Is it safe to assume that most of us have been taught what I like to call “Society’s Success Template”?
From observing others and their satisfaction with life after achieving “success”, the assumption seems to have some weight.
The template looks something like this: get high school, decide what to do with the rest of your life at 18 (maybe younger), go to college, graduate, get a 9-to-5 gig, get married, and start a family – all while climbing the corporate ladder until you are “happy” with your position.
I never questioned this template because that’s what I saw as a kid, it’s what was portrayed on TV shows, and how I was programmed to function. I accepted that social expectation and was on my way to fulfilling that expectation until an Uber driver said something that changed my perspective.
“Focus on lifestyle creation, not a career … just pursue how you want to live life.”
To be clear, the Uber driver didn’t suggest dropping out of college. Instead, he suggested that more effort and attention be paid to that Life You want to create because, in his words, “that’s what’s left for you”.
Getting a college education is important, but it shouldn’t be the core of your existence. Life itself should be the core.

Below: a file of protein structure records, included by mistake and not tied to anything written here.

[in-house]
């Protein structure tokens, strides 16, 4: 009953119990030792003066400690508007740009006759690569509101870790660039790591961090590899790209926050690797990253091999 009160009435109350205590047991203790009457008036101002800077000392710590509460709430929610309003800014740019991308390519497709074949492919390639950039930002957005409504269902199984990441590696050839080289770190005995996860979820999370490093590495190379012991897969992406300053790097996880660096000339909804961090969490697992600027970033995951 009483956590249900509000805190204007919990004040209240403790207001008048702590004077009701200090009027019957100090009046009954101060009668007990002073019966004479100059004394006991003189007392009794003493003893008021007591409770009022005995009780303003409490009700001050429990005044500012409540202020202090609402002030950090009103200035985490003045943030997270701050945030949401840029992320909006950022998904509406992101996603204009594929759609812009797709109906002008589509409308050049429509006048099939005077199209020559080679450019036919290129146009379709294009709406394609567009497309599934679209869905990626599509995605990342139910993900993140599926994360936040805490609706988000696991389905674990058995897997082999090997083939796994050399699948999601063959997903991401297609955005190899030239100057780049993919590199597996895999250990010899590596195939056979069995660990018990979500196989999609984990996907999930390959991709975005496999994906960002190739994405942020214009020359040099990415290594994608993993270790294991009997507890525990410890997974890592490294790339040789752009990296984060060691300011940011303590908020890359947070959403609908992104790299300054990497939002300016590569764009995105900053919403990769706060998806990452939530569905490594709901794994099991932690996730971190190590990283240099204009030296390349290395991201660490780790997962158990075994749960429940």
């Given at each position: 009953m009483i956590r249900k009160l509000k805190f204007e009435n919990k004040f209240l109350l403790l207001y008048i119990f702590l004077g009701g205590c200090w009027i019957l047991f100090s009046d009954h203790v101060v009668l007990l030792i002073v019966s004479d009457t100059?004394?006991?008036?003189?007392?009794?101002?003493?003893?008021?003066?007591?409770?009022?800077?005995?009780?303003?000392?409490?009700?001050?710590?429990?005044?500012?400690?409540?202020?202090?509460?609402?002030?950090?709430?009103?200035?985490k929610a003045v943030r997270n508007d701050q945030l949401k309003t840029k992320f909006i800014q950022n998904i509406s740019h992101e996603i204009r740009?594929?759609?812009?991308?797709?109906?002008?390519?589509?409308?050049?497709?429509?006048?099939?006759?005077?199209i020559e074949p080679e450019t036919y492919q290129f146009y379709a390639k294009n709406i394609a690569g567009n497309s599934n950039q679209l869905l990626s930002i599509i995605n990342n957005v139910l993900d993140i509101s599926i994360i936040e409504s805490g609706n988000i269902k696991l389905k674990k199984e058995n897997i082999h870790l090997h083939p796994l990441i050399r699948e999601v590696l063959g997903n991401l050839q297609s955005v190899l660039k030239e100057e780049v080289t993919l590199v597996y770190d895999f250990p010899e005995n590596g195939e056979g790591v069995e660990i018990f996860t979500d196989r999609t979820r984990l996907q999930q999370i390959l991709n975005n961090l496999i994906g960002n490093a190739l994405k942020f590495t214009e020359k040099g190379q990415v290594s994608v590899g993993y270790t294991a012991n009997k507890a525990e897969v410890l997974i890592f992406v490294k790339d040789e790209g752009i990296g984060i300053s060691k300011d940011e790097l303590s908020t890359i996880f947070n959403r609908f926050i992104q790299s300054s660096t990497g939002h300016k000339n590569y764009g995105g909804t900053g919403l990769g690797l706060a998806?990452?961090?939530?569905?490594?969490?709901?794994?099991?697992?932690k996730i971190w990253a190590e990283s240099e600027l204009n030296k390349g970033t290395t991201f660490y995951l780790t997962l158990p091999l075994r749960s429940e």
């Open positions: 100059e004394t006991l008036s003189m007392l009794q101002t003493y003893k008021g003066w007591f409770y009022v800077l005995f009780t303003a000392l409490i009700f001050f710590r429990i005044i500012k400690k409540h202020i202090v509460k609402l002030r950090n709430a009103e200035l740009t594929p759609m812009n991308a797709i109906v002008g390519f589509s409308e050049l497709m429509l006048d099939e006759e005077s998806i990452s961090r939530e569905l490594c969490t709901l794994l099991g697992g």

Contributing to society by harnessing talent and building a career that you love should be an aspect of life while memories should be central.
We shouldn’t neglect a joyous existence to fight for titles and awards because these things come and go, but Time passes without the promise of more.
At the end of the day, you won’t remember the Biology 101 course you took in college. Instead, remember those late nights when you had to laugh with friends or the times when you had the courage to try something new.
Finding a balance between work and leisure is important, which is why I am a huge advocate of the slow living movement. In short, the slow living movement promotes mindfulness in a world that is designed for fast pace.
If you want to create a different template for your life, researching alternative lifestyles that emphasize more balance is key. To get started, starting today, there are three things you can do to set boundaries, assess your priorities, and take time to experience things other than work or school.
For me, my priority is being healthy – both mentally and physically – so I take time every day to address these needs. How I meet these needs varies throughout the year, but they are never checked for school or work.
When I’m mentally and physically unwell, the core of my template crumbles, affecting my ability to bring my talents to society or build a career.
It is a bold statement to say, “Create a lifestyle, not a career,” because that’s not what society is made for. However, it’s up to us to change that script and enjoy life.
Aaliyah Alexander studies journalism and international studies. Follow her on Twitter @aaliyahdanyell.